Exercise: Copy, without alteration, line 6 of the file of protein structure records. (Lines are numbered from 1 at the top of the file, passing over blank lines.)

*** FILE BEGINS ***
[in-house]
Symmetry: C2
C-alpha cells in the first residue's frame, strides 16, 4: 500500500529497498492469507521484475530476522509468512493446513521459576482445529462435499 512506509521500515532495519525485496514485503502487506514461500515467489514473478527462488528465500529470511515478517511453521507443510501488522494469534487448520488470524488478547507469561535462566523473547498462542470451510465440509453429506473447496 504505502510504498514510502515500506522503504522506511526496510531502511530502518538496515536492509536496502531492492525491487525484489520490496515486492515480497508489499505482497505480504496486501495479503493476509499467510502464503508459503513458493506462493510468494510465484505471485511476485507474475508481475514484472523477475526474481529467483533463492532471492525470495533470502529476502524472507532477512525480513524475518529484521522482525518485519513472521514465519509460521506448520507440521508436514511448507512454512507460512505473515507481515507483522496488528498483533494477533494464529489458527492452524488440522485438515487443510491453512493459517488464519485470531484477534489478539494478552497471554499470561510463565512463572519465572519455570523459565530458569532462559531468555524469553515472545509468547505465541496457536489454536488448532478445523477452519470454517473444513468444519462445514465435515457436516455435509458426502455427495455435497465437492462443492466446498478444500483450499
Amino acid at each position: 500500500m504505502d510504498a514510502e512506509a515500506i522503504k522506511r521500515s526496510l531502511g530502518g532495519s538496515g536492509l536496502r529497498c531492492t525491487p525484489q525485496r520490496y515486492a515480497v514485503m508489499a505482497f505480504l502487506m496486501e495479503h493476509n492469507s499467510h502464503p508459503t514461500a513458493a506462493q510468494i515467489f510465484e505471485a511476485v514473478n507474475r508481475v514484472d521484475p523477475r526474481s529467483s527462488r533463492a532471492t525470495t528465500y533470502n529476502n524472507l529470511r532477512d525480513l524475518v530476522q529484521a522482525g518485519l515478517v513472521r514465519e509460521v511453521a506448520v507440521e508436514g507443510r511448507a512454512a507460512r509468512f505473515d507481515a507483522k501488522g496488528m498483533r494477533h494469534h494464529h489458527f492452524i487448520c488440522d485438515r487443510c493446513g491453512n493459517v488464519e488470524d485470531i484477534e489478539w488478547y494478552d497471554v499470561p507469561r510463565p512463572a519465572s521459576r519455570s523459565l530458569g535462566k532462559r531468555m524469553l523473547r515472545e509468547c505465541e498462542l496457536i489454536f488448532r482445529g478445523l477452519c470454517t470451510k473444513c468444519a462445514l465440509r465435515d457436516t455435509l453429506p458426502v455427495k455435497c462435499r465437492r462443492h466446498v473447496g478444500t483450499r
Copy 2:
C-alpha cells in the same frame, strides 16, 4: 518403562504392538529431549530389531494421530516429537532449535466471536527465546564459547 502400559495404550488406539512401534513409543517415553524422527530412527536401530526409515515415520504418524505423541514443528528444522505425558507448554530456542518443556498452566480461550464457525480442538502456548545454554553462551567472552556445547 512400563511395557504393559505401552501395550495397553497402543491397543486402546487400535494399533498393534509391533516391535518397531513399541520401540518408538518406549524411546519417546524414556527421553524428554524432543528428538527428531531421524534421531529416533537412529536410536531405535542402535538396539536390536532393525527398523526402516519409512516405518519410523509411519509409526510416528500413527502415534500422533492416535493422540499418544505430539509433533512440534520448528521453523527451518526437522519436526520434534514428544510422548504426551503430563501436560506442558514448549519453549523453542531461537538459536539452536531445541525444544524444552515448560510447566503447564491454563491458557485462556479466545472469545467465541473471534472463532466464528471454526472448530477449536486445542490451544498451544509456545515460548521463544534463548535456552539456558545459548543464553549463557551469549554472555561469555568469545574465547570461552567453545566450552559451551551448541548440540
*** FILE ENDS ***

C-alpha cells in the same frame, strides 16, 4: 518403562504392538529431549530389531494421530516429537532449535466471536527465546564459547 502400559495404550488406539512401534513409543517415553524422527530412527536401530526409515515415520504418524505423541514443528528444522505425558507448554530456542518443556498452566480461550464457525480442538502456548545454554553462551567472552556445547 512400563511395557504393559505401552501395550495397553497402543491397543486402546487400535494399533498393534509391533516391535518397531513399541520401540518408538518406549524411546519417546524414556527421553524428554524432543528428538527428531531421524534421531529416533537412529536410536531405535542402535538396539536390536532393525527398523526402516519409512516405518519410523509411519509409526510416528500413527502415534500422533492416535493422540499418544505430539509433533512440534520448528521453523527451518526437522519436526520434534514428544510422548504426551503430563501436560506442558514448549519453549523453542531461537538459536539452536531445541525444544524444552515448560510447566503447564491454563491458557485462556479466545472469545467465541473471534472463532466464528471454526472448530477449536486445542490451544498451544509456545515460548521463544534463548535456552539456558545459548543464553549463557551469549554472555561469555568469545574465547570461552567453545566450552559451551551448541548440540